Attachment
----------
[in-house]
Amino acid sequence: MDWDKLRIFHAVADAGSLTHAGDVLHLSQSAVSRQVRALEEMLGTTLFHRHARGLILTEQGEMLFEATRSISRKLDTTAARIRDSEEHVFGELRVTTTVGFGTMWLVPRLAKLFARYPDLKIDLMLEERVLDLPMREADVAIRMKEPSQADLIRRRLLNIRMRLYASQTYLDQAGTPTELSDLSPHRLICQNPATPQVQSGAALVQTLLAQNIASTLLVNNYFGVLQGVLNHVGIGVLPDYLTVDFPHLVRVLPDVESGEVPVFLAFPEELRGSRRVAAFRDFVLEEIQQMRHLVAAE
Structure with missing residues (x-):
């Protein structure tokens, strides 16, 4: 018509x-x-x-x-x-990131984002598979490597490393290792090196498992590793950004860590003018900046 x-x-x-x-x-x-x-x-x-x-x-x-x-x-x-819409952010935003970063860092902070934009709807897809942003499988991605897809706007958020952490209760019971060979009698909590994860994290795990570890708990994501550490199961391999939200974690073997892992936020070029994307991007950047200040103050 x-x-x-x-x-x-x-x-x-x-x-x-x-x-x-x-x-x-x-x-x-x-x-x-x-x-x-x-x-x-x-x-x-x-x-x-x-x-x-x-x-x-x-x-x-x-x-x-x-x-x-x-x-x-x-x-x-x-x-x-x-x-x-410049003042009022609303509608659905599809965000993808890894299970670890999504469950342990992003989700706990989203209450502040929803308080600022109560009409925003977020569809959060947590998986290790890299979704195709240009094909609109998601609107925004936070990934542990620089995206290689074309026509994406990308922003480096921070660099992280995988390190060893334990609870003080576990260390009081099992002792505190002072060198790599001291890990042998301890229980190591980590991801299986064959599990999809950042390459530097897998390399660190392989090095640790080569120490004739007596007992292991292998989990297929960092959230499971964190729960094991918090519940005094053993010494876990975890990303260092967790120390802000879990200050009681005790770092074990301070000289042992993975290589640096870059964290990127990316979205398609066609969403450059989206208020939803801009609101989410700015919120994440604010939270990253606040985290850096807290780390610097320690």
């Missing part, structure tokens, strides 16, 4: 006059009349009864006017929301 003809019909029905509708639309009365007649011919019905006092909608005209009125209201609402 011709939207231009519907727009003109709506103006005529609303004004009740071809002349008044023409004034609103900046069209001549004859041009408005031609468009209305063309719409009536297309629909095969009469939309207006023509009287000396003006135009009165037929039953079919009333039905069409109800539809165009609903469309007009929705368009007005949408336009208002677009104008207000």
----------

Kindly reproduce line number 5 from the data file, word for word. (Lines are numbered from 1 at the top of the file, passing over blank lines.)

């Missing part, structure tokens, strides 16, 4: 006059009349009864006017929301 003809019909029905509708639309009365007649011919019905006092909608005209009125209201609402 011709939207231009519907727009003109709506103006005529609303004004009740071809002349008044023409004034609103900046069209001549004859041009408005031609468009209305063309719409009536297309629909095969009469939309207006023509009287000396003006135009009165037929039953079919009333039905069409109800539809165009609903469309007009929705368009007005949408336009208002677009104008207000």